Quietly tucked away on the edge of the Tabular Hills and Cropton Forest, Cropton village has one wide main street lined with stone houses and cottages leading to the church. There’s also the New Inn pub, which has revived the village’s heritage for beer making with its own microbrewery.
Cropton, which is thought to be derived from the Anglo Saxon phrase ‘hill top settlement’, is mentioned in the Domesday book. On the outskirts of the village, you can still see the earthwork remains of an 11th Century motte-and bailey castle, now called Round Hill, which commands a good vantage point overlooking Rosedale. It was built from wood by Robert de Stuteville to protect trade routes.
Step back in time with a visit to nearby Cawthorn Roman Camps where archaeologists believe there were two fortifications and a camp. Today these remarkable earthworks are a reminder of the ingenuity of the Romans.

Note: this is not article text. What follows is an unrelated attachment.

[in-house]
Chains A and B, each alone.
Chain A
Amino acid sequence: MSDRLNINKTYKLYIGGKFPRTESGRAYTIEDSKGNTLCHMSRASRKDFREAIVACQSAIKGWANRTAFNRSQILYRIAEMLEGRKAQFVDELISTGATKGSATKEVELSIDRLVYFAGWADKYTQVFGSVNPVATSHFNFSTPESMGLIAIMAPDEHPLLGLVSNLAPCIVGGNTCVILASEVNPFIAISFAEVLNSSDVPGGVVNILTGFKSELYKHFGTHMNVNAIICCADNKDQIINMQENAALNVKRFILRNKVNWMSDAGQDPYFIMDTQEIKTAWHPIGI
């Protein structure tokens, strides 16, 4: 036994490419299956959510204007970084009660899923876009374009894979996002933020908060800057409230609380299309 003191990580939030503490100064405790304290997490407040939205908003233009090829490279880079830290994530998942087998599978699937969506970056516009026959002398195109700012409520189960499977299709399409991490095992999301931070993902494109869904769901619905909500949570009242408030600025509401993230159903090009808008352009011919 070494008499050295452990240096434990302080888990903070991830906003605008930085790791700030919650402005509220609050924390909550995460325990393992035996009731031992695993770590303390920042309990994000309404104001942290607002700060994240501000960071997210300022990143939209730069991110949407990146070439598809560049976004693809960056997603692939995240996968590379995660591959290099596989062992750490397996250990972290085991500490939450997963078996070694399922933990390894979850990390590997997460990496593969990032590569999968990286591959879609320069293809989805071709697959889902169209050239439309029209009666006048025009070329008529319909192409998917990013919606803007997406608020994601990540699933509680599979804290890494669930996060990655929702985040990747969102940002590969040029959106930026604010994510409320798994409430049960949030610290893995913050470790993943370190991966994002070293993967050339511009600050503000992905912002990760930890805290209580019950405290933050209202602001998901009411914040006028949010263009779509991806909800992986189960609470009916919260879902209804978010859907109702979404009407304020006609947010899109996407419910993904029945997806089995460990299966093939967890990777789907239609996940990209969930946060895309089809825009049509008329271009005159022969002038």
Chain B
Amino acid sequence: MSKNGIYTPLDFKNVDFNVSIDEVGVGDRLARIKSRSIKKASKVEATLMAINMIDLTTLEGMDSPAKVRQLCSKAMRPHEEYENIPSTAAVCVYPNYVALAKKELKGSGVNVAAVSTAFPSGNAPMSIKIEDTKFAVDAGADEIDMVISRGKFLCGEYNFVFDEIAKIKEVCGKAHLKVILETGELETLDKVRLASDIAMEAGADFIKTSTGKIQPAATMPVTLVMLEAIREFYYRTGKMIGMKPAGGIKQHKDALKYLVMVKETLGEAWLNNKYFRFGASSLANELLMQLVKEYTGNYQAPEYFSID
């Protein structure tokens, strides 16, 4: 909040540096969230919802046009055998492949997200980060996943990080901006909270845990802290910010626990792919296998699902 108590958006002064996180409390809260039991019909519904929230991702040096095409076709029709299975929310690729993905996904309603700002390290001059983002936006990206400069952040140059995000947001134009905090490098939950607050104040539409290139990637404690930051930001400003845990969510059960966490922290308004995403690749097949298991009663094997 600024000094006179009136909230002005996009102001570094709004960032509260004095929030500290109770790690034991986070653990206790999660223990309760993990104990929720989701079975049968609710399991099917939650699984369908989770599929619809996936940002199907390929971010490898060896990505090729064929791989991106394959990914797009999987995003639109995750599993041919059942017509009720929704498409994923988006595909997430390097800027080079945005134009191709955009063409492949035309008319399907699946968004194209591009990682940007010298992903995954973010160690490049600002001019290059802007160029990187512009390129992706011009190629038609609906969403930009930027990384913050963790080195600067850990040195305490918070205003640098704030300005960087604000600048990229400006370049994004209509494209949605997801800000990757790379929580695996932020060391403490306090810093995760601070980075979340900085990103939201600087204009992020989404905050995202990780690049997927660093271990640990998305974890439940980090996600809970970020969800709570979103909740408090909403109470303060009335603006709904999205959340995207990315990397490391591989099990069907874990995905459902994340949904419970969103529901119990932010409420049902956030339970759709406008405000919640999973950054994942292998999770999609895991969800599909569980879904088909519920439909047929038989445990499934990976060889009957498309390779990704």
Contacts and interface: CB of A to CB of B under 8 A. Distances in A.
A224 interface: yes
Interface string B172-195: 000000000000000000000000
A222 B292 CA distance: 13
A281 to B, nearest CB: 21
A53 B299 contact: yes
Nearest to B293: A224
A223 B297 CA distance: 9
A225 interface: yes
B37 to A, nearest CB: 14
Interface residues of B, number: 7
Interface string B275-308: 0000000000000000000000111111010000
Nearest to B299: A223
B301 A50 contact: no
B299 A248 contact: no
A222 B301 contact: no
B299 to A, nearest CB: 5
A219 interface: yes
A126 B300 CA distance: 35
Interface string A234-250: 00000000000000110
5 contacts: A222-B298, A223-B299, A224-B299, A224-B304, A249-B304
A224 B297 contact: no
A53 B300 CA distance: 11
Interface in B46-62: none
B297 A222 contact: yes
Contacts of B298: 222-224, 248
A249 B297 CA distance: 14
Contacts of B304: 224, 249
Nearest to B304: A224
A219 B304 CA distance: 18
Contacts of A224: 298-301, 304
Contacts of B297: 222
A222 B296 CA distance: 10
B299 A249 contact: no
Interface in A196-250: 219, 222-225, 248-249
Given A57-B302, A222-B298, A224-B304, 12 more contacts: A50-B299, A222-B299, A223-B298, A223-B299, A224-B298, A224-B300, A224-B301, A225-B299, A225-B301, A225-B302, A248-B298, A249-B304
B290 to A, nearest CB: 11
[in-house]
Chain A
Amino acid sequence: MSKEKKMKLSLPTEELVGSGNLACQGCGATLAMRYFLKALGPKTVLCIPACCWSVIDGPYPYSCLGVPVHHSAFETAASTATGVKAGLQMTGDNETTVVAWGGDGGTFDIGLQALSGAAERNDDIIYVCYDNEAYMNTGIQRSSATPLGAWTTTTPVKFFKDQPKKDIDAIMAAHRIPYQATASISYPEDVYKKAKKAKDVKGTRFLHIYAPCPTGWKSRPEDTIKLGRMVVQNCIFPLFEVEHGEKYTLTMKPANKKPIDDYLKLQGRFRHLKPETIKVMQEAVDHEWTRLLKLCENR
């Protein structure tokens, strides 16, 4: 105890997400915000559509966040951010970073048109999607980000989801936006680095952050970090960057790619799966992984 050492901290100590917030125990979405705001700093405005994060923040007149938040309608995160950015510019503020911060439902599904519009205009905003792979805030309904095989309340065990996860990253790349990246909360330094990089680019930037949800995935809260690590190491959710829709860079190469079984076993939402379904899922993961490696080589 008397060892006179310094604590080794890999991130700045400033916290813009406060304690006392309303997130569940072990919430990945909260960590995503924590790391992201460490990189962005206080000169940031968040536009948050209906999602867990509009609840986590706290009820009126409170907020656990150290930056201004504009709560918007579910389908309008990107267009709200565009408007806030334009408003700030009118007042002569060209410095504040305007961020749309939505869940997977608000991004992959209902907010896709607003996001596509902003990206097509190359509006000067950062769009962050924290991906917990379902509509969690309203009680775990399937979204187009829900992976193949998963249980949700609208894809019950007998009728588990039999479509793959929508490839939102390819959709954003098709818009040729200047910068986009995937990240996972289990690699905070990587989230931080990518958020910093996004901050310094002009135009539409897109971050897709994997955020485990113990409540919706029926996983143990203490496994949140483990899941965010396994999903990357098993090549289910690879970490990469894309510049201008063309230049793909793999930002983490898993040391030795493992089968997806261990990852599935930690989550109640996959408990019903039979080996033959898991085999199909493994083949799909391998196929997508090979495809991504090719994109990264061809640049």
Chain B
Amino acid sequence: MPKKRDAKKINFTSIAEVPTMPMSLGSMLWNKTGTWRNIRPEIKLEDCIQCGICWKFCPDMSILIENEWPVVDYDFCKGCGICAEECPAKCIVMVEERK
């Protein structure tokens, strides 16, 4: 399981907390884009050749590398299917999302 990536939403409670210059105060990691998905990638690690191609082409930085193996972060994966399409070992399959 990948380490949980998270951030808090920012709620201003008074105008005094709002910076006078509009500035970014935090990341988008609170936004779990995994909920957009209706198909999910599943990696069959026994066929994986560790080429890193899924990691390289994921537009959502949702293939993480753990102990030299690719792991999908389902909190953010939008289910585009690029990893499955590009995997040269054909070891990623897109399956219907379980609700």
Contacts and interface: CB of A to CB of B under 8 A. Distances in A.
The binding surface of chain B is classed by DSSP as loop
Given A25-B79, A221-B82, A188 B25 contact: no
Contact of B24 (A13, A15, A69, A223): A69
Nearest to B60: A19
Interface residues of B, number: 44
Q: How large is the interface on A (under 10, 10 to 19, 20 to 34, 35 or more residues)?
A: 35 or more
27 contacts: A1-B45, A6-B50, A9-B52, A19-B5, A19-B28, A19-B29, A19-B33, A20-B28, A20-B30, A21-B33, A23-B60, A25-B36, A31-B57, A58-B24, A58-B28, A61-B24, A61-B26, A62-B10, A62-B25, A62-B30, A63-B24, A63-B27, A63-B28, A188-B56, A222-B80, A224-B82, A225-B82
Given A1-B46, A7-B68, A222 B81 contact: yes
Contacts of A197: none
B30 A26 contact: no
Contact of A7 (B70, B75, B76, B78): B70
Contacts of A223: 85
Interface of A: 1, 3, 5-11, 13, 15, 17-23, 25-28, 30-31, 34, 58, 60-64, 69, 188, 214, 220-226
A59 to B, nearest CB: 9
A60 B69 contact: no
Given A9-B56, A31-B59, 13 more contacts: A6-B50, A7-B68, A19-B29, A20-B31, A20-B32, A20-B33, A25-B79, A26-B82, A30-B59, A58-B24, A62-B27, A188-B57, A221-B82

The countryside surrounding the village is a delight with acres of woodland on-tap and an escarpment tracking the River Seven southwards offering great views.
Thanks to the ongoing efforts of conservation bodies working hand-in-hand with landowners, nature very much takes centre stage here and is neatly illustrated with the work being done to protect the habitats of the endangered Turtle Dove.
Similarly, Forestry England has reintroduced beavers on an enclosed stretch of Cropton Forest to utilise their habit for building dams to help prevent flooding by slowing the flow of water.